Email updates

Keep up to date with the latest news and content from Journal of Medical Case Reports and BioMed Central.

Open Access Case report

Delayed-onset heparin-induced thrombocytopenia presenting with multiple arteriovenous thromboses: case report

Abbas Salehi Omran1*, Abbasali Karimi1, Hossein Ahmadi1 and Parin Yazdanifard2

Author Affiliations

1 Cardiovascular Surgery Department, Tehran Heart Center, Medical Sciences/University of Tehran, Iran

2 Clinical Reaserch Department, Tehran Heart Center, Medical Sciences/University of Tehran, Iran

For all author emails, please log on.

Journal of Medical Case Reports 2007, 1:131  doi:10.1186/1752-1947-1-131

Published: 10 November 2007

Abstract

Background

Delayed-onset heparin-induced thrombocytopenia with thrombosis, albeit rare, is a severe side effect of heparin exposure. It can occur within one month after coronary artery bypass grafting (CABG) with manifestation of different thrombotic events.

Case presentation

A 59-year-old man presented with weakness, malaise, bilateral lower limb pitting edema and a suspected diagnosis of deep vein thrombosis 18 days after CABG. Heparin infusion was administered as an anticoagulant. Clinical and paraclinical work-up revealed multiple thrombotic events (stroke, renal failure, deep vein thrombosis, large clots in heart chambers) and 48 ×103/μl platelet count, whereupon heparin-induced thrombocytopenia was suspected. Heparin was discontinued immediately and an alternative anticoagulant agent was administered, as a result of which platelet count recovered. Heparin-induced thrombocytopenia, which causes thrombosis, is a serious side effect of heparin therapy. It is worthy of note that no case of delayed-onset heparin-induced thrombocytopenia with thrombosis associated with cardiopulmonary bypass surgery has thus far been reported in Iran.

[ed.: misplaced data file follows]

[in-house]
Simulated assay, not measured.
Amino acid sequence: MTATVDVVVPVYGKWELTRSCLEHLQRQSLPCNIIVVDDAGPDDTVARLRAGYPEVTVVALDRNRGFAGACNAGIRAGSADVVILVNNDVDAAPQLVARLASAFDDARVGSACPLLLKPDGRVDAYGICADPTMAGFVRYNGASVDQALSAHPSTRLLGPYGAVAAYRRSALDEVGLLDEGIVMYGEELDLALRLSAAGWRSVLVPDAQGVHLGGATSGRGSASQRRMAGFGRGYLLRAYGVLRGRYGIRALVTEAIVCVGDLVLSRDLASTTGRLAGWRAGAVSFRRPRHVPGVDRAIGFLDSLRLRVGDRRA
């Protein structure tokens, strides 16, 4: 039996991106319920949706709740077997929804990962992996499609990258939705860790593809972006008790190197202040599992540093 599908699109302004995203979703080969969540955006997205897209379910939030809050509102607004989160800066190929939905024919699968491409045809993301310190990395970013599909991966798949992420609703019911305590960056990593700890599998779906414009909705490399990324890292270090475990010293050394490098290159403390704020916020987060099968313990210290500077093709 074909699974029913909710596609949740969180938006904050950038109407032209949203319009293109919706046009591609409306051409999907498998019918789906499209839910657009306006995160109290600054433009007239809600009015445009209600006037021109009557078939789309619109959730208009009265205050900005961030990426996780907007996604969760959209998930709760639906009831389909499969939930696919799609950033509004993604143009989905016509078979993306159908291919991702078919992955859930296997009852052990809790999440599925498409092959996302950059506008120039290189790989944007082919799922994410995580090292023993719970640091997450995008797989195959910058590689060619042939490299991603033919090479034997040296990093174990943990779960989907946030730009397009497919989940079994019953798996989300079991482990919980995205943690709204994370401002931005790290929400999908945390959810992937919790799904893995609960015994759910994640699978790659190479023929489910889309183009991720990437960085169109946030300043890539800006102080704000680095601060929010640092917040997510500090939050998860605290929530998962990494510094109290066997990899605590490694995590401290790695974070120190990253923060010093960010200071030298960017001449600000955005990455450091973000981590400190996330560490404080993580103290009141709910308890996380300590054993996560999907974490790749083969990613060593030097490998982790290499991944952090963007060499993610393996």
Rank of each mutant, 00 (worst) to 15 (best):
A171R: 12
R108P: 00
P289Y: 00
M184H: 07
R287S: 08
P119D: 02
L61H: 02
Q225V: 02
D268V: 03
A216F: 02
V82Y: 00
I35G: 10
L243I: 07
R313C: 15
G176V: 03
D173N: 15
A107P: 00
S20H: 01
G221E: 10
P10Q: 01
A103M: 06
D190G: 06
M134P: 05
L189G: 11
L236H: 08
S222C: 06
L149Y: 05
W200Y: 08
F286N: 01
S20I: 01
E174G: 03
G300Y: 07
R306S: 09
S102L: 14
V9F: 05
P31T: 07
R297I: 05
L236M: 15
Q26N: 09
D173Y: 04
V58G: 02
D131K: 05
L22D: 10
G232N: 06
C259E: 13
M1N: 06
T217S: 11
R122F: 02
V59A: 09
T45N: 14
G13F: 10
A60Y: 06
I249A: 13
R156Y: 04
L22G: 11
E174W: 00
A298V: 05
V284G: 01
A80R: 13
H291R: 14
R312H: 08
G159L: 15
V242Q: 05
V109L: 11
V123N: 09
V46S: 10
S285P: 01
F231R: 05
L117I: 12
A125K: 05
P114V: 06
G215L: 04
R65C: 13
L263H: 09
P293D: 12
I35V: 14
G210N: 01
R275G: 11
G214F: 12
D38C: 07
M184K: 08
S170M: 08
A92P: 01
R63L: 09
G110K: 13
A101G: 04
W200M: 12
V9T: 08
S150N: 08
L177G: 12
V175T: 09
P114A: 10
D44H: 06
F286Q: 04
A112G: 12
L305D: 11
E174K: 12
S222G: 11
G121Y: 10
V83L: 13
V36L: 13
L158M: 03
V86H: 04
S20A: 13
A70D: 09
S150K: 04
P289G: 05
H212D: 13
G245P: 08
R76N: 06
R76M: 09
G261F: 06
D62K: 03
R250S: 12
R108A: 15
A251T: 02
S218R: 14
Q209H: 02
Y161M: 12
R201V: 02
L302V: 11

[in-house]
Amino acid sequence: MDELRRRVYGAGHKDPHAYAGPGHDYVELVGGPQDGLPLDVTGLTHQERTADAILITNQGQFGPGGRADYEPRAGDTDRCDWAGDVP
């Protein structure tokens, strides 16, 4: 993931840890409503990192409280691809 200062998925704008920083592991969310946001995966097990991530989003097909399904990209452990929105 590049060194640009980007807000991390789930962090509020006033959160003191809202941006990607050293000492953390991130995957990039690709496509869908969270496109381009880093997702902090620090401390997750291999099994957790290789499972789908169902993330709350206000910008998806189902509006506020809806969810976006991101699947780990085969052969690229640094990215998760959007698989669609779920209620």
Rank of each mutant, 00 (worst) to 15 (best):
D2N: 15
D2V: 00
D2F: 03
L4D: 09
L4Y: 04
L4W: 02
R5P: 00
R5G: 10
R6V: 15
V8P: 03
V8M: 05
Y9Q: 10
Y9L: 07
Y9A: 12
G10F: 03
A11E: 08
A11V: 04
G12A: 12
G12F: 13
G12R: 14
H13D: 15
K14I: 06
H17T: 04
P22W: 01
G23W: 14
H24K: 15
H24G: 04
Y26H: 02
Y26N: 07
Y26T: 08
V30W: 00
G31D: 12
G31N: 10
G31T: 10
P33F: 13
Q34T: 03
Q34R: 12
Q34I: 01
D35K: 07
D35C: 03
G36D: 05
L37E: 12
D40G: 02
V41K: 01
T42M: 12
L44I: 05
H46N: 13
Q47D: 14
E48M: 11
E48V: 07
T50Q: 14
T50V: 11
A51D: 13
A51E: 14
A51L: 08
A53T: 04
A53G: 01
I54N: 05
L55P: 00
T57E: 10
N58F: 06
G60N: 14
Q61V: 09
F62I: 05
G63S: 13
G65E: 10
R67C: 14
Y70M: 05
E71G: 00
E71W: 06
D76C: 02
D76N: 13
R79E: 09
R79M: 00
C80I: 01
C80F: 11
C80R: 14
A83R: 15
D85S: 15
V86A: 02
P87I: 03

Conclusion

Delayed-onset heparin-induced thrombocytopenia should be suspected in any patient presenting with arterial or venous thromboembolic disorders after recent heparin therapy, even though the heparin exposure dates back to more than a week prior to presentation; and it should be ruled-out before the initiation of heparin therapy.